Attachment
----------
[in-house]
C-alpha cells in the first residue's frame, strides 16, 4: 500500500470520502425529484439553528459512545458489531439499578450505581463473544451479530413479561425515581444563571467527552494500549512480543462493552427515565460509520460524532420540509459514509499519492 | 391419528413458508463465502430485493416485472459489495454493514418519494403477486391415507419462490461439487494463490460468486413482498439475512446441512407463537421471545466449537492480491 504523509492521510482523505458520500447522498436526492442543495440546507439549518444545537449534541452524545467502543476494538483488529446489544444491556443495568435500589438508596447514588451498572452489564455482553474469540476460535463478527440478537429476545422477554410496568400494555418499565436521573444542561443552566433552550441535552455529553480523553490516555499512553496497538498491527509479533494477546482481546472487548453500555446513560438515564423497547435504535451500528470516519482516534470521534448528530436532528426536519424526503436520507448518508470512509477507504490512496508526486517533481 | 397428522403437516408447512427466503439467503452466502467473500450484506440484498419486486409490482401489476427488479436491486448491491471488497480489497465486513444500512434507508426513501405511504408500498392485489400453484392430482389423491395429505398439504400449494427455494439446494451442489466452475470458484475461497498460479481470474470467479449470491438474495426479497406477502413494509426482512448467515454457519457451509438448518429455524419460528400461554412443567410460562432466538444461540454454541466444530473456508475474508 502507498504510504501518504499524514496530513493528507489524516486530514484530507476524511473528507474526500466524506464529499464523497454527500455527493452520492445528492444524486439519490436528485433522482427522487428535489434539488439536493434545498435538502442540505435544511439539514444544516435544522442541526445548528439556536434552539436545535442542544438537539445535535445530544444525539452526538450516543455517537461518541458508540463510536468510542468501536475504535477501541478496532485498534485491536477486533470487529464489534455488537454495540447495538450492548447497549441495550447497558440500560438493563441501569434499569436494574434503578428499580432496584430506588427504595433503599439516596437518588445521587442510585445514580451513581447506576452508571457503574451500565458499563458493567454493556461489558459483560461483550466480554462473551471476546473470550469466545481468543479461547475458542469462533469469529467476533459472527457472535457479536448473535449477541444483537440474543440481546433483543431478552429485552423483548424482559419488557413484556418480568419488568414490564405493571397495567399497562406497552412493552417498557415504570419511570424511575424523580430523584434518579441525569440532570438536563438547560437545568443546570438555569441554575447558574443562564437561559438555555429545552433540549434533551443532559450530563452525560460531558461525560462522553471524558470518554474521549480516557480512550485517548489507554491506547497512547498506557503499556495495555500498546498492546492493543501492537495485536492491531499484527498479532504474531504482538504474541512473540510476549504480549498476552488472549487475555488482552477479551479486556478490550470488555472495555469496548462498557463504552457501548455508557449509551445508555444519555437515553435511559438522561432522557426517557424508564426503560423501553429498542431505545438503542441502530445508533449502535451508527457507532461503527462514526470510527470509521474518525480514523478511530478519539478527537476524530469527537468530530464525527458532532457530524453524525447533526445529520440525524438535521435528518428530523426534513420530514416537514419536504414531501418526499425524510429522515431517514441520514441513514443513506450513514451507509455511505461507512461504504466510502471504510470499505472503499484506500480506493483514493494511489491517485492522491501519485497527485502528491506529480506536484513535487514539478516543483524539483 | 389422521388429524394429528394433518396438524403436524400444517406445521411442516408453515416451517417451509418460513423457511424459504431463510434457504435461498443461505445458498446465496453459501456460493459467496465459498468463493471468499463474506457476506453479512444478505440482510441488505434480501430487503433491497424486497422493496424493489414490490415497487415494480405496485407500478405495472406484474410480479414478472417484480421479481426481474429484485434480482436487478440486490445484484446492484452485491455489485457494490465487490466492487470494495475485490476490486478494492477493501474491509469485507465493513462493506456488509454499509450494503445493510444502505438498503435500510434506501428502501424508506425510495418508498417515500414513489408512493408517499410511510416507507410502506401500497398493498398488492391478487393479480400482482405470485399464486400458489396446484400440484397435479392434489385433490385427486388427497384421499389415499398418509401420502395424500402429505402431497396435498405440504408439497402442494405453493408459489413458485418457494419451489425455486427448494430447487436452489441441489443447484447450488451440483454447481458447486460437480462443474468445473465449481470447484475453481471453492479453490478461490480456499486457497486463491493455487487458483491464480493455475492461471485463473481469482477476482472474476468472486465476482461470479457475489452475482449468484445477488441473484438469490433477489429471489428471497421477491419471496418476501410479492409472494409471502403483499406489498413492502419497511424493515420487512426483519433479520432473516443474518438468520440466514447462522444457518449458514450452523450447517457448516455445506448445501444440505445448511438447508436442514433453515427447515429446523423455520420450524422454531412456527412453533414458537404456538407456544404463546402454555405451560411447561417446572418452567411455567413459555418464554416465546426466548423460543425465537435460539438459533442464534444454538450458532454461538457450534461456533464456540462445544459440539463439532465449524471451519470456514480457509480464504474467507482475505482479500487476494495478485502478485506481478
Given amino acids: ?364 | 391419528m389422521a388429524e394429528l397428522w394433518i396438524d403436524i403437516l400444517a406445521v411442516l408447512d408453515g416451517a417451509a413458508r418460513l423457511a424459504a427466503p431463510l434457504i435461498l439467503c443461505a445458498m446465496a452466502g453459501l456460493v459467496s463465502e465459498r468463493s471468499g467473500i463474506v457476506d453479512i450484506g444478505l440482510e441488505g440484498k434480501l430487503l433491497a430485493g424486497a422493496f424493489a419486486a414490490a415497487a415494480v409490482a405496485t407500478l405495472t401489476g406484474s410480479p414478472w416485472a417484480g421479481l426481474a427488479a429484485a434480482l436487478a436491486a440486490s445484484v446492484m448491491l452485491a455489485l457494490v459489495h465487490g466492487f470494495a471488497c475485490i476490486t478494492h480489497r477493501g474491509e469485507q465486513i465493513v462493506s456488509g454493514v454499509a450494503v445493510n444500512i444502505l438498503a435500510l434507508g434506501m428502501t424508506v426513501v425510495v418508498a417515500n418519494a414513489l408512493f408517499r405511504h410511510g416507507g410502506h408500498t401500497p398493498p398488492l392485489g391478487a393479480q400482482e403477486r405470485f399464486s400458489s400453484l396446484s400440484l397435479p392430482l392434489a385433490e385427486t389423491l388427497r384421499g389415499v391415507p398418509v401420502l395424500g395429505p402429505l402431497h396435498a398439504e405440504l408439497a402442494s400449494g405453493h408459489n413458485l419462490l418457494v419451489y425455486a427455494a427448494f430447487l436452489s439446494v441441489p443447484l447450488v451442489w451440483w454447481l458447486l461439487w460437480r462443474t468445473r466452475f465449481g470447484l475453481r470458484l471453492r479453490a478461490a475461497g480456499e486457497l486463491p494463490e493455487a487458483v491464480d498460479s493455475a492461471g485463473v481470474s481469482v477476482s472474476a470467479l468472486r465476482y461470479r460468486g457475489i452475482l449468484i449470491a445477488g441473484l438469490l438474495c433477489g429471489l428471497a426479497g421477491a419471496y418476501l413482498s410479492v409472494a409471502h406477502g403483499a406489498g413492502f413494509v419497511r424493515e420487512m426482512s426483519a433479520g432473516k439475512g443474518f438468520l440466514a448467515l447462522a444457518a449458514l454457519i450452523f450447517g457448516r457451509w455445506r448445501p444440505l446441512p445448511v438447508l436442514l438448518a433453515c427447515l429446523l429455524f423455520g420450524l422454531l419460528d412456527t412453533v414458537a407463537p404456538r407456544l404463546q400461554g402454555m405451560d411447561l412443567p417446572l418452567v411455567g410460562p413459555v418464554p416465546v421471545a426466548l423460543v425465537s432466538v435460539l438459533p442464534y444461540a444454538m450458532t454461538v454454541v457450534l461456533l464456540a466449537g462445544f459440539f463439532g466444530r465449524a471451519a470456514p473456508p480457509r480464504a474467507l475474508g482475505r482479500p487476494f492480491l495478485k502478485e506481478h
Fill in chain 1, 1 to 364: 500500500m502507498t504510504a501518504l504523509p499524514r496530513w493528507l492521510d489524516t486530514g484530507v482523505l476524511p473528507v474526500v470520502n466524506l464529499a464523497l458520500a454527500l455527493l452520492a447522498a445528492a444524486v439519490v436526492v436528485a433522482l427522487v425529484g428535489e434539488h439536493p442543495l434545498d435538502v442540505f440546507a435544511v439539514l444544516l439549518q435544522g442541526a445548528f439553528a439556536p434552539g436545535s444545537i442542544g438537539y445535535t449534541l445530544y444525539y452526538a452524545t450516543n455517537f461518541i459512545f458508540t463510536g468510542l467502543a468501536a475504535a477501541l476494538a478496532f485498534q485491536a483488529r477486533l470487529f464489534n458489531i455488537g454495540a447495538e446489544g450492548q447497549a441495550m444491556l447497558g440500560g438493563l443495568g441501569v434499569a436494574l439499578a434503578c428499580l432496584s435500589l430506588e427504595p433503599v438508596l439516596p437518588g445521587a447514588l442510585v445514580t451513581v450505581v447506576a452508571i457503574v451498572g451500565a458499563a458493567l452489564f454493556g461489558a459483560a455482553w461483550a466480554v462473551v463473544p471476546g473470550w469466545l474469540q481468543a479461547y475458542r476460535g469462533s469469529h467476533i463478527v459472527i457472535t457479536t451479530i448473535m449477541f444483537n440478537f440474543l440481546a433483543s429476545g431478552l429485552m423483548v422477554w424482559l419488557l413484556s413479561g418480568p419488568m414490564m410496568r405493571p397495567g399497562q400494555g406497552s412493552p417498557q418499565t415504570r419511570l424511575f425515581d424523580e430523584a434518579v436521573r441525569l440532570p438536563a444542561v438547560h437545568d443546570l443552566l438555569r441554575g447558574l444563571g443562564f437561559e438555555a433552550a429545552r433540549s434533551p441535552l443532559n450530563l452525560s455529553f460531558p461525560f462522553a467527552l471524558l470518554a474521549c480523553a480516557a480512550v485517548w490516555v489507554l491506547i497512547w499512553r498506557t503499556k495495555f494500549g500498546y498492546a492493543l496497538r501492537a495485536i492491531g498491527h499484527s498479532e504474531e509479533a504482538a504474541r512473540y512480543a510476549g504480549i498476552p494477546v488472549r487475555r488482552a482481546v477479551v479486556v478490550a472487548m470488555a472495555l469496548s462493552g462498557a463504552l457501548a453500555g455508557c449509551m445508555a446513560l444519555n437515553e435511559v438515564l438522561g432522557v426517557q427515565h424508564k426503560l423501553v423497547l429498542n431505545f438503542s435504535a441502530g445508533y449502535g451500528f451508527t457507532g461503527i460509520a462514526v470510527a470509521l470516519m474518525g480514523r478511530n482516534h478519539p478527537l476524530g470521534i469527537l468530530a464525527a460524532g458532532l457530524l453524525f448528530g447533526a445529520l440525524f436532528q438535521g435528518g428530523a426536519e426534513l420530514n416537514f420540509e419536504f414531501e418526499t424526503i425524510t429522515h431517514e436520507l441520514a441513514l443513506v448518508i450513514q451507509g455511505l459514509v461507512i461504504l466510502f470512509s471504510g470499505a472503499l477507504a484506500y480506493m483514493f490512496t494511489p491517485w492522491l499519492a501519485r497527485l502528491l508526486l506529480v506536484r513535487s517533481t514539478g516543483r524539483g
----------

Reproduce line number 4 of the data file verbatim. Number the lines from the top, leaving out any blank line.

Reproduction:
Fill in chain 1, 1 to 364: 500500500m502507498t504510504a501518504l504523509p499524514r496530513w493528507l492521510d489524516t486530514g484530507v482523505l476524511p473528507v474526500v470520502n466524506l464529499a464523497l458520500a454527500l455527493l452520492a447522498a445528492a444524486v439519490v436526492v436528485a433522482l427522487v425529484g428535489e434539488h439536493p442543495l434545498d435538502v442540505f440546507a435544511v439539514l444544516l439549518q435544522g442541526a445548528f439553528a439556536p434552539g436545535s444545537i442542544g438537539y445535535t449534541l445530544y444525539y452526538a452524545t450516543n455517537f461518541i459512545f458508540t463510536g468510542l467502543a468501536a475504535a477501541l476494538a478496532f485498534q485491536a483488529r477486533l470487529f464489534n458489531i455488537g454495540a447495538e446489544g450492548q447497549a441495550m444491556l447497558g440500560g438493563l443495568g441501569v434499569a436494574l439499578a434503578c428499580l432496584s435500589l430506588e427504595p433503599v438508596l439516596p437518588g445521587a447514588l442510585v445514580t451513581v450505581v447506576a452508571i457503574v451498572g451500565a458499563a458493567l452489564f454493556g461489558a459483560a455482553w461483550a466480554v462473551v463473544p471476546g473470550w469466545l474469540q481468543a479461547y475458542r476460535g469462533s469469529h467476533i463478527v459472527i457472535t457479536t451479530i448473535m449477541f444483537n440478537f440474543l440481546a433483543s429476545g431478552l429485552m423483548v422477554w424482559l419488557l413484556s413479561g418480568p419488568m414490564m410496568r405493571p397495567g399497562q400494555g406497552s412493552p417498557q418499565t415504570r419511570l424511575f425515581d424523580e430523584a434518579v436521573r441525569l440532570p438536563a444542561v438547560h437545568d443546570l443552566l438555569r441554575g447558574l444563571g443562564f437561559e438555555a433552550a429545552r433540549s434533551p441535552l443532559n450530563l452525560s455529553f460531558p461525560f462522553a467527552l471524558l470518554a474521549c480523553a480516557a480512550v485517548w490516555v489507554l491506547i497512547w499512553r498506557t503499556k495495555f494500549g500498546y498492546a492493543l496497538r501492537a495485536i492491531g498491527h499484527s498479532e504474531e509479533a504482538a504474541r512473540y512480543a510476549g504480549i498476552p494477546v488472549r487475555r488482552a482481546v477479551v479486556v478490550a472487548m470488555a472495555l469496548s462493552g462498557a463504552l457501548a453500555g455508557c449509551m445508555a446513560l444519555n437515553e435511559v438515564l438522561g432522557v426517557q427515565h424508564k426503560l423501553v423497547l429498542n431505545f438503542s435504535a441502530g445508533y449502535g451500528f451508527t457507532g461503527i460509520a462514526v470510527a470509521l470516519m474518525g480514523r478511530n482516534h478519539p478527537l476524530g470521534i469527537l468530530a464525527a460524532g458532532l457530524l453524525f448528530g447533526a445529520l440525524f436532528q438535521g435528518g428530523a426536519e426534513l420530514n416537514f420540509e419536504f414531501e418526499t424526503i425524510t429522515h431517514e436520507l441520514a441513514l443513506v448518508i450513514q451507509g455511505l459514509v461507512i461504504l466510502f470512509s471504510g470499505a472503499l477507504a484506500y480506493m483514493f490512496t494511489p491517485w492522491l499519492a501519485r497527485l502528491l508526486l506529480v506536484r513535487s517533481t514539478g516543483r524539483g